(271c) Self-Assembly of Nanocomposite Molecular Films Containing Photosystem I

Authors: 
Kincaid, H. A., Vanderbilt University
Jennings, K. G., Vanderbilt University
Niedringhaus, T., Vanderbilt University
Ciobanu, M., Vanderbilt University
Cliffel, D., Vanderbilt University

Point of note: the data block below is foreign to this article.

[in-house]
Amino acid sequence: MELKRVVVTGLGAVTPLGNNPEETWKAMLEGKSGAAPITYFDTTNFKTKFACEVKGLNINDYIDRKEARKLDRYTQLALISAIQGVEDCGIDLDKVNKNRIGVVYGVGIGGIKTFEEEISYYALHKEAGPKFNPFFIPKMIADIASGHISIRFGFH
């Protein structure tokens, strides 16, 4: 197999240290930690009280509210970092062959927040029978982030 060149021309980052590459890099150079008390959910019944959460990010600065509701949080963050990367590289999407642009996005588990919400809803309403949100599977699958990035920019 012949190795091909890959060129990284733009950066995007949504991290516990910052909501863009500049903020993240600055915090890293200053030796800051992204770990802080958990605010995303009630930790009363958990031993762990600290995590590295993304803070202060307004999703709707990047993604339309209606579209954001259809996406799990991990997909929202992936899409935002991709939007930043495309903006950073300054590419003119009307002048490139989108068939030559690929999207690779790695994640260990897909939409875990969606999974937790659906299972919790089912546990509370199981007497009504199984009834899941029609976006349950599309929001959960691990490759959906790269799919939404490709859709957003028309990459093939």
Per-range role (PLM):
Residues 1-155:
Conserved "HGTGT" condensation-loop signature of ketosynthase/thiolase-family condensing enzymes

Photosystem I (PSI) is a 5 nm x 6 nm protein complex that governs many of the primary events of photosynthesis, the key biological process that converts sunlight into chemical energy. Because of its nanoscale size and photovoltaic properties, PSI offers great potential for use in molecularly engineered energy conversion devices upon extraction from plants and assembly on surfaces. The research described in this paper focuses on the integration of spinach extracted PSI at model surfaces, formed by self-assembled monolayers (SAMs) on gold. Based on solution conditions, PSI adsorbs as either a densely packed (~6 nm) or loosely packed (~3 nm) monolayer atop a hydroxyl-terminated SAM. We have developed a unique method to stabilize the loosely packed monolayer of PSI by exposure to a solution of a long chain alkanethiol, which backfills around individual PSI complexes, mimicking the thylakoid membrane of green plants. This multicomponent monolayer greatly reduces interfacial capacitance and stabilizes PSI against photo-assisted degradation. The immobilized PSI complexes, either in the densely packed or stabilized states, are in direct electrical contact with the underlying gold surface and can be illuminated in the presence of a metal salt to grow metallic features at the reducing end. These nanoscale metallic pads will be used to integrate PSI with other conducting materials that serve as a sink for generated photocurrent. The ultimate goal of this research is to develop a photoelectrochemical device in which PSI converts solar energy into useful electrical energy.